Political motives also behind Hindu fundamentalist violence
The attacks against Christians are nurtured by the doctrines of Hindutva, extremist Hindu nationalism with historical ties to Nazism. These are especially widespread in the states governed by the Bharatiya Janata Party, which is seeking to consolidate its Hindu electorate. The opinions of Cardinal Vithayathil and of the director of the prestigious newspaper "Satyadeepam".

New Delhi (AsiaNews) - Hatred toward Christians in the India of tolerance has religious and cultural roots, but these are above all nationalist and political. In recent weeks in Orissa (northeast India), a pogrom has broken out against Christians, with killing of the faithful and  destruction of churches, homes, and social centers. The immediate reason is the accusation that Christians assassinated a radical Hindu leader, Swami Laxmanananda. Even though the police still suspect that the swami's assassins are a group of Maoist guerrillas, the campaign of destruction against Christians and their institutions seems to be a violent response to the "violence" of the followers of Jesus.

In reality, the attacks against Christians in Orissa go back for decades. The assassinated swami himself had made the elimination of Christians one of his primary goals. The reason: to stop the conversion of tribals and pariahs from Hinduism to Christianity, because - according to him and his organization - these are obtained through deceit, force, or payment.

Radical Hindu organizations continue to claim that there are millions of conversions each year, raising the specter of an "entirely Christian" (or Muslim) India.

Speaking with AsiaNews, Cardinal Varkey Vithayathil clears the field of these accusations: "Certain sections in the fringe elements make false allegations that the Church converts illiterate people either through allurements of forcible conversions, but these are baseless and absolutely false allegations. In fact, Indian government statistics have shown that the Christian population of India appears to be declining slightly. From 2.61 percent of the population in 1981, it fell to 2.53 percent and 2.3 percent in the census for 1991 and 2001. According to the latest census, conducted in 2001, 80.5 percent of India's inhabitants are Hindu, while 13.4 percent are Muslim".

Condemning the violence against Christians in recent days, the cardinal, who is also the head of the Indian bishops' conference, emphasizes the presence of "powers of darkness [that] are instigating these misguided people to persecute the Church and to try to eliminate Christianity from our beloved motherland India".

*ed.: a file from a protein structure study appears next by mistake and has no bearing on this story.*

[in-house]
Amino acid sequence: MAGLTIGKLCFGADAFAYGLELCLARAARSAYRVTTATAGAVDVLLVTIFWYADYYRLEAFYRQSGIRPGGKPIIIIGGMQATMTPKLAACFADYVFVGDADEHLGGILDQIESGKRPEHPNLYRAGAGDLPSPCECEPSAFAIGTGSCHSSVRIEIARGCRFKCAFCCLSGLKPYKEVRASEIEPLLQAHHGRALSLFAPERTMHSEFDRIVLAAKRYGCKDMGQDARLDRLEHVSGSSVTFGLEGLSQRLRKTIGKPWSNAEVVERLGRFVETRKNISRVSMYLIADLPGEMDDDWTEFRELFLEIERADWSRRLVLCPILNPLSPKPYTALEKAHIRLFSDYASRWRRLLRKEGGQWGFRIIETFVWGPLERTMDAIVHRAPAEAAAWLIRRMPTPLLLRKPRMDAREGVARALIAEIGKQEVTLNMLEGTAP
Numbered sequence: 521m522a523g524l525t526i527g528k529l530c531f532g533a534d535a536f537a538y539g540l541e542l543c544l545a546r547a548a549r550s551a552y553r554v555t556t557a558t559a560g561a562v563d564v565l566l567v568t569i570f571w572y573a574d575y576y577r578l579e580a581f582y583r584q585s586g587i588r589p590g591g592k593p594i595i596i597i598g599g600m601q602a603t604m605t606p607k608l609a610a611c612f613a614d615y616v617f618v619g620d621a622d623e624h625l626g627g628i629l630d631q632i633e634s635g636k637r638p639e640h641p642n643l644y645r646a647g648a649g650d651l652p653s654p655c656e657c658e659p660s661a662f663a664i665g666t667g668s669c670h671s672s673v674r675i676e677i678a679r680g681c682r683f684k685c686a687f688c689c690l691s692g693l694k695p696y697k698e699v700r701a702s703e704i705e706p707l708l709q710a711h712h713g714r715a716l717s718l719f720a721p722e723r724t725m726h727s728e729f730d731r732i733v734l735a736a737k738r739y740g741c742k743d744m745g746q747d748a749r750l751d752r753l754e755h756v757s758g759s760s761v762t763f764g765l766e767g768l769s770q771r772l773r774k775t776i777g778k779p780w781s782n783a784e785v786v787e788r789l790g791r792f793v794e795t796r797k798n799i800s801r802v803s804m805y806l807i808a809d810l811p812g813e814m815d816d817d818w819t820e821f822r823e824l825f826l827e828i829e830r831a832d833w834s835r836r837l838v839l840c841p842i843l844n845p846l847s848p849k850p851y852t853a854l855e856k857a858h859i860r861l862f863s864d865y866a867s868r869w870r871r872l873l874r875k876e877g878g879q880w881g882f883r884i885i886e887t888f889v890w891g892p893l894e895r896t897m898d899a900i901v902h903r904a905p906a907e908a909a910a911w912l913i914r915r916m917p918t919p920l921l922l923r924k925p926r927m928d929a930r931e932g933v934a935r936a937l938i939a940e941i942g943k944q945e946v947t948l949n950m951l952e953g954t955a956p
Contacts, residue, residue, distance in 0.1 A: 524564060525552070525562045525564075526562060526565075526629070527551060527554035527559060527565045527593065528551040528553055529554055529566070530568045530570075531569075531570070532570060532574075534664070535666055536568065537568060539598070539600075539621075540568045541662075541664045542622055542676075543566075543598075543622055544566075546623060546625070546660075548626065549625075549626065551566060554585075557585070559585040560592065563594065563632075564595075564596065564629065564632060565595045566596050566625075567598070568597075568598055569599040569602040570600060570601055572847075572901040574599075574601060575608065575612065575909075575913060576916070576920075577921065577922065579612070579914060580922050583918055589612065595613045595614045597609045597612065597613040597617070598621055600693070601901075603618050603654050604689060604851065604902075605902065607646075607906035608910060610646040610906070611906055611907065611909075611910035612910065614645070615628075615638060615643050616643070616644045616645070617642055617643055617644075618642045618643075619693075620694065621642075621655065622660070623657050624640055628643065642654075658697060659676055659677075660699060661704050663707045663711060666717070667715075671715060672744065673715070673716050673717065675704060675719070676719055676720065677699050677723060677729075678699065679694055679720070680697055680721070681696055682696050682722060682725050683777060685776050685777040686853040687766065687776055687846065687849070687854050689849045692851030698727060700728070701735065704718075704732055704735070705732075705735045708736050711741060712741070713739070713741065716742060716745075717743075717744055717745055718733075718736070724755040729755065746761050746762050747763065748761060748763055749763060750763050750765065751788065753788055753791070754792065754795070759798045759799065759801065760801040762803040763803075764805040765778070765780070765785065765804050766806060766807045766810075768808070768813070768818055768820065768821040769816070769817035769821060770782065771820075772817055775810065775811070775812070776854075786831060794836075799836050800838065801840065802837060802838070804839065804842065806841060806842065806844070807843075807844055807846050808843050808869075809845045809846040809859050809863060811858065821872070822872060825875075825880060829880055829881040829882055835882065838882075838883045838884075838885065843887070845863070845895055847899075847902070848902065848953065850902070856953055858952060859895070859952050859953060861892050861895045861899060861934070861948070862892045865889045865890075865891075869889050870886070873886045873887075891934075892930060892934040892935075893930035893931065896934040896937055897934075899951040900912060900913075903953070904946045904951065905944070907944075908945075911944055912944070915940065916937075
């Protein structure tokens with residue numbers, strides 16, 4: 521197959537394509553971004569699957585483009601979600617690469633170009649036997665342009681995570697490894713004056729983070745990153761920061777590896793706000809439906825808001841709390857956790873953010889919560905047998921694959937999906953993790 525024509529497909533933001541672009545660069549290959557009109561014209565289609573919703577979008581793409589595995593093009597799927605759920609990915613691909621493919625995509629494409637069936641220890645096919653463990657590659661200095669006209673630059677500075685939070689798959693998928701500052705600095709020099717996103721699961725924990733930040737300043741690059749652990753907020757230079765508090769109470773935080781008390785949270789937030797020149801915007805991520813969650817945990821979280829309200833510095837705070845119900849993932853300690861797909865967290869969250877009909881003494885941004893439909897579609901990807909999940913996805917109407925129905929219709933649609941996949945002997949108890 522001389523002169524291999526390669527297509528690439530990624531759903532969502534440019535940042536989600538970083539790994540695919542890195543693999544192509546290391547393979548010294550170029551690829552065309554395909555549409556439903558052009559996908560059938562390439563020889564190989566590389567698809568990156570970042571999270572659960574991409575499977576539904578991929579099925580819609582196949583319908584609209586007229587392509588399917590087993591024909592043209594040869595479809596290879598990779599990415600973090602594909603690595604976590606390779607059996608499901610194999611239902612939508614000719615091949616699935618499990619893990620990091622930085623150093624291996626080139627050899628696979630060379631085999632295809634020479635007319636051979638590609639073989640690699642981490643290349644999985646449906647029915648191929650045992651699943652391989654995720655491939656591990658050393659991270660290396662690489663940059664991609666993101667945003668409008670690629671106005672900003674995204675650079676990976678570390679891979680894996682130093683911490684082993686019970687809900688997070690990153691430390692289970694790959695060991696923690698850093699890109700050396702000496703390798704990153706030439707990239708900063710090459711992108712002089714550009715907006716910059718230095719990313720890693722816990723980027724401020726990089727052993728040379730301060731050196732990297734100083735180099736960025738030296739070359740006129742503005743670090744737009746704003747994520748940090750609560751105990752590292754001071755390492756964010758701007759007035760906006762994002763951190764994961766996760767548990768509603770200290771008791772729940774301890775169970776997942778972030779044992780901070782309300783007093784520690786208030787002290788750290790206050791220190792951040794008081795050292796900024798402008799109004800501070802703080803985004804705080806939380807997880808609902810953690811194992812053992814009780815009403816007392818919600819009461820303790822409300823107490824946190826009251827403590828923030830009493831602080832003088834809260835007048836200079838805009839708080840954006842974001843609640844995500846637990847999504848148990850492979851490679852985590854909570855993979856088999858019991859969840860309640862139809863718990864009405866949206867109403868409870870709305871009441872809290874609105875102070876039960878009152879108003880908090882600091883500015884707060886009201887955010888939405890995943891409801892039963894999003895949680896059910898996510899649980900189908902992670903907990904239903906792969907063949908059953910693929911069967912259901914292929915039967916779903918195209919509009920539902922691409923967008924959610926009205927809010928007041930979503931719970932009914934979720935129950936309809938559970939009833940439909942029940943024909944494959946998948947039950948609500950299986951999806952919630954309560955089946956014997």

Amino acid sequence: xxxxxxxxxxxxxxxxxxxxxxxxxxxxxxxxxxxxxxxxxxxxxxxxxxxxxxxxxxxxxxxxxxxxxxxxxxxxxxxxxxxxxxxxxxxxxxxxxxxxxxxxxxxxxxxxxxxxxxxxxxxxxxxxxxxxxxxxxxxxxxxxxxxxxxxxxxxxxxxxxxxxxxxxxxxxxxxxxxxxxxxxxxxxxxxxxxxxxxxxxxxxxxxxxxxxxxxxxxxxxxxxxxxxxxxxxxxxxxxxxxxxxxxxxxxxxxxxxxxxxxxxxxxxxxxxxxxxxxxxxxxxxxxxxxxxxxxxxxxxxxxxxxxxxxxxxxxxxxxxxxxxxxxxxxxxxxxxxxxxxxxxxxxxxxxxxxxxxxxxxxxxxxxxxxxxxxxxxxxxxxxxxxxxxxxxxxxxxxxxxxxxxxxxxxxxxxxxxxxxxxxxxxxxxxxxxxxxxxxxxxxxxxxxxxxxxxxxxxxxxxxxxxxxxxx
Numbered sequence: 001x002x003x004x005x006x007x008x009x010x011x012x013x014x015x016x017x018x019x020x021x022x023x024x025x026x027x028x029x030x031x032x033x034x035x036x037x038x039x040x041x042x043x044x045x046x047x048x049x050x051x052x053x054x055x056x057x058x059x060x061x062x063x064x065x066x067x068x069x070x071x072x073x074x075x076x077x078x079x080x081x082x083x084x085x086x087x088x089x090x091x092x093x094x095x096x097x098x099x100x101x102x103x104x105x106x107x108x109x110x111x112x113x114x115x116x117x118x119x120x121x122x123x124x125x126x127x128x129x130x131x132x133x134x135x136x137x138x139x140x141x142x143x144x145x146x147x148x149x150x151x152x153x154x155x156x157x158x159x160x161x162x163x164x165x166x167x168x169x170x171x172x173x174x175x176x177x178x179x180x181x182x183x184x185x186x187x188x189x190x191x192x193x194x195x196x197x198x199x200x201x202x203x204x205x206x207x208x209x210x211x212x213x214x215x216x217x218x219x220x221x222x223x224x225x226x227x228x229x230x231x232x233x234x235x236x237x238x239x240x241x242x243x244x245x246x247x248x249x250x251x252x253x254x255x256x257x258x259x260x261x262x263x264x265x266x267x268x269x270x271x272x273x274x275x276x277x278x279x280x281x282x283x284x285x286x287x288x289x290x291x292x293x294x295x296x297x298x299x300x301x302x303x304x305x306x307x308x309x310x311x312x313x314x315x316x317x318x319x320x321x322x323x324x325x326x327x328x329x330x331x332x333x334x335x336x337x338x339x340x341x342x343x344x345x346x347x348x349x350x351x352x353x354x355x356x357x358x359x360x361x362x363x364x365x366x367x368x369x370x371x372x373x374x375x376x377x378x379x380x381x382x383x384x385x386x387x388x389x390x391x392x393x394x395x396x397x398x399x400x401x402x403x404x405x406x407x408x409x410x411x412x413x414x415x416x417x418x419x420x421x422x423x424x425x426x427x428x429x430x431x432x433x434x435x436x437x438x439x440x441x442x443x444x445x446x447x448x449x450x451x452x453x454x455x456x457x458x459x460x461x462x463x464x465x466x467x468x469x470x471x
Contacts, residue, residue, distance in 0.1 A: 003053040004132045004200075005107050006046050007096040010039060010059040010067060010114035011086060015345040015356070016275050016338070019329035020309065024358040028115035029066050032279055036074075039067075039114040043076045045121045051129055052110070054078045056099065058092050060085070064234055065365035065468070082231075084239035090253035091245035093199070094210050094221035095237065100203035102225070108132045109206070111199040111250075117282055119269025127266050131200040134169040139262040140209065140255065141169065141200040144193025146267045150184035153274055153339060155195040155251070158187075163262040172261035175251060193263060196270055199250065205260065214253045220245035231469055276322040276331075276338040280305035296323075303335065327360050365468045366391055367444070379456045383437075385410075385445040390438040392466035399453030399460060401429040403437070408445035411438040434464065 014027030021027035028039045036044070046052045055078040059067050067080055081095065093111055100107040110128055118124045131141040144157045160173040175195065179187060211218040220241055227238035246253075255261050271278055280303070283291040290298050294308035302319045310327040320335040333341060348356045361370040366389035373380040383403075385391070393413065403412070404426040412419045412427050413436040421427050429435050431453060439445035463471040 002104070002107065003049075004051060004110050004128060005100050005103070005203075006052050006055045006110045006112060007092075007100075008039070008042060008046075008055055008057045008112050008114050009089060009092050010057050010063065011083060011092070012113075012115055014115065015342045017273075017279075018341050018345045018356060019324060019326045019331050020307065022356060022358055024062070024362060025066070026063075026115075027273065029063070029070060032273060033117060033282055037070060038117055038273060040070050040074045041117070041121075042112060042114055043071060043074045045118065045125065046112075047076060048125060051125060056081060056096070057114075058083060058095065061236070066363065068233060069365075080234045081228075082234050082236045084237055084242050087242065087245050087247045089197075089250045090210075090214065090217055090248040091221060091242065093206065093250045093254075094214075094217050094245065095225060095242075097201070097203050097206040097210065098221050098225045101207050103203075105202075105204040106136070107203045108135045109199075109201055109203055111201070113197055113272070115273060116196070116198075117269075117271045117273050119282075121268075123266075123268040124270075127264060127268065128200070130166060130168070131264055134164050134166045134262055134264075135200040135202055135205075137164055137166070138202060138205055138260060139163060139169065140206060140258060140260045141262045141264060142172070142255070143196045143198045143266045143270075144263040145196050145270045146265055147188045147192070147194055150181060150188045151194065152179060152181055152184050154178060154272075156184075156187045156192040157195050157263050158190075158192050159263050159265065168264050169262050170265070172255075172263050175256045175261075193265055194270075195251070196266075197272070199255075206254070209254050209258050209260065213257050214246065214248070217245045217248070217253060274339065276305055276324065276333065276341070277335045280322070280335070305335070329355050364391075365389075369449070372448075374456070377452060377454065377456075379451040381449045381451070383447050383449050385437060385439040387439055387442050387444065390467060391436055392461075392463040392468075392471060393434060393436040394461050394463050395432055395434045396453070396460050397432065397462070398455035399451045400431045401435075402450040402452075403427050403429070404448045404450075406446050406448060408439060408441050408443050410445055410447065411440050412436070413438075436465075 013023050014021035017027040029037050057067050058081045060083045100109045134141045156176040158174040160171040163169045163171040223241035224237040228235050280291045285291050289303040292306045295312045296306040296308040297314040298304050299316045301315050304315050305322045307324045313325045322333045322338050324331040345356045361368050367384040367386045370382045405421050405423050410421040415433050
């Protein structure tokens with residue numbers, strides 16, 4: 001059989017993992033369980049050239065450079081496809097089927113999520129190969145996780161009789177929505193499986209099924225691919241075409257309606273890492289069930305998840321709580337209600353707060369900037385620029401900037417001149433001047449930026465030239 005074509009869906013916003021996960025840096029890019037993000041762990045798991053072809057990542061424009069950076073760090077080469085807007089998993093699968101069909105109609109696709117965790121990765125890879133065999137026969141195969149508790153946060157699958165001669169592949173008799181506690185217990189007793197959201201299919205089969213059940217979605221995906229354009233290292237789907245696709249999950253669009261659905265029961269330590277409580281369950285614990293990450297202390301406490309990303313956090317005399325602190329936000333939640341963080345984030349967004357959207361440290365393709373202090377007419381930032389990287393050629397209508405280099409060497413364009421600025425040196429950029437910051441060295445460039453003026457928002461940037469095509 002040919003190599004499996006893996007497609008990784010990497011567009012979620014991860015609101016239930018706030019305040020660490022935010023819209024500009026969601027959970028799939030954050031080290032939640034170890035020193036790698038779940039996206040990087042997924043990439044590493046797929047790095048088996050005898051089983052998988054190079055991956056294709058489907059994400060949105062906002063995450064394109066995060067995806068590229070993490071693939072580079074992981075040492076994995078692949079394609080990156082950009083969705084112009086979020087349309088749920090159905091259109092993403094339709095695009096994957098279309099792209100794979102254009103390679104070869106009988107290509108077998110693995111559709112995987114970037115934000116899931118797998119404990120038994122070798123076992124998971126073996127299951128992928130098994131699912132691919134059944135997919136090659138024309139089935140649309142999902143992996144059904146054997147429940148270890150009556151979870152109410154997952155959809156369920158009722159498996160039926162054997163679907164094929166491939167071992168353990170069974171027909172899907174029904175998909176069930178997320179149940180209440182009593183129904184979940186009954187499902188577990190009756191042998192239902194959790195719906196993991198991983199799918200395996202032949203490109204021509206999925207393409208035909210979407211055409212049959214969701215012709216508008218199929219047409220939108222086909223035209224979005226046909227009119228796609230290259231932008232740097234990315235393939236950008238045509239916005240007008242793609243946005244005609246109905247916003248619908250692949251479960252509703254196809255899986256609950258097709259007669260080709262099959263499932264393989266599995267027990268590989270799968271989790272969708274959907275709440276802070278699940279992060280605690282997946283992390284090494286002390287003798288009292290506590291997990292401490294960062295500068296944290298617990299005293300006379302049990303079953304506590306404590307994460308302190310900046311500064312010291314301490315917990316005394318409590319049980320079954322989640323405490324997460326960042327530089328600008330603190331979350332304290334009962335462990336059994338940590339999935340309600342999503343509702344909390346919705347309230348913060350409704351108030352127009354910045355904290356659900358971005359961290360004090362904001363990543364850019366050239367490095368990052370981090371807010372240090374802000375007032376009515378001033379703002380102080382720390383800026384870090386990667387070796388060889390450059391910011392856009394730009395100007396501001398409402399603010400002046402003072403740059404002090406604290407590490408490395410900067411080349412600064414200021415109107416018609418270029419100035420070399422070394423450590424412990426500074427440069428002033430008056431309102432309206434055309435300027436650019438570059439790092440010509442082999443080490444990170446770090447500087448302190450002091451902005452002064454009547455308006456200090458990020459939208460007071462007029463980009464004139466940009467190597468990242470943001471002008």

These "powers of darkness" are above all the organizations inspired by Hindutva, the nationalist extremism that sees India as exclusively Hindu and wants to eliminate Christians and all other minorities. Hindutva looks at Christians and conversions as a threat to the caste system, and therefore to society.

Fr Paul Thelakat, director of the influential newspaper Satyadeepam (the light of truth), explains to AsiaNews: "Among the upper caste Hindus especially in the cow-belt ('Hindu-belt' or 'cow-belt' of northern India), there is a feeling that Christians some way are not Indians at all. Above all they have indoctrinated many Hindu people that the constitutional right 'to profess, practice and propagate' one's own faith no more exists". The Indian constitution defends the freedom of religion and of conversion. By blocking conversions, the higher castes aim to maintain the status quo of the social and economic submission of the tribals (adivasis) and pariahs. "Every conversion", continues Fr Paul, "has to be forbidden. It looks like the adivasis and tribals are among the cattle fold of the high class people, and have no say in matters of their religion. They cannot choose their religion, it is as if they were no longer free citizens of India, who need permission from the upper castes to convert. I, as a Christian, apparently am not allowed to spend any money or manpower to help the poor marginalized people who were the underdogs of the caste system".

Fr pul accuses the Hindutva organizations of being "terrorist": "I find there is no difference between the terrorists like the SIMI [editor's note: Student Islamic Movement of India, which claimed responsibility for the attack in New Delhi on September 13] who bomb the country and the violent organization of the Hindutva who engage in violent activities and the leaders, justifying them as 'natural reactions'. It is no secret that these people have their historical connection to the Nazis who came democratically to power with hate campaigns against the minorities in Germany".

There are also political factors behind the hatred and violence against minorities, especially the Christians. It is no accident that the attacks against Christians have taken place mainly in Orissa, and then in Madya Pradesh, Chhattisghar, and Karnataka: all of these have been governed by the BJP [editor's note: Bharatiya Janata Party, close to the Hindu fundamentalists] either directly or in alliance with another conservative party.

"Sadly, Christians are treated as second class citizens in many of the BJP-ruled states", Cardinal Vithayathil explains, "and this persecution unleashed against the minority Christian community affirms this".

"“It may be true", says Fr Paul Thelakat, "that the anti-Christian violence in BJP-ruled states is motivated by the effort to consolidate Hindu votes in the elections in March of 2009".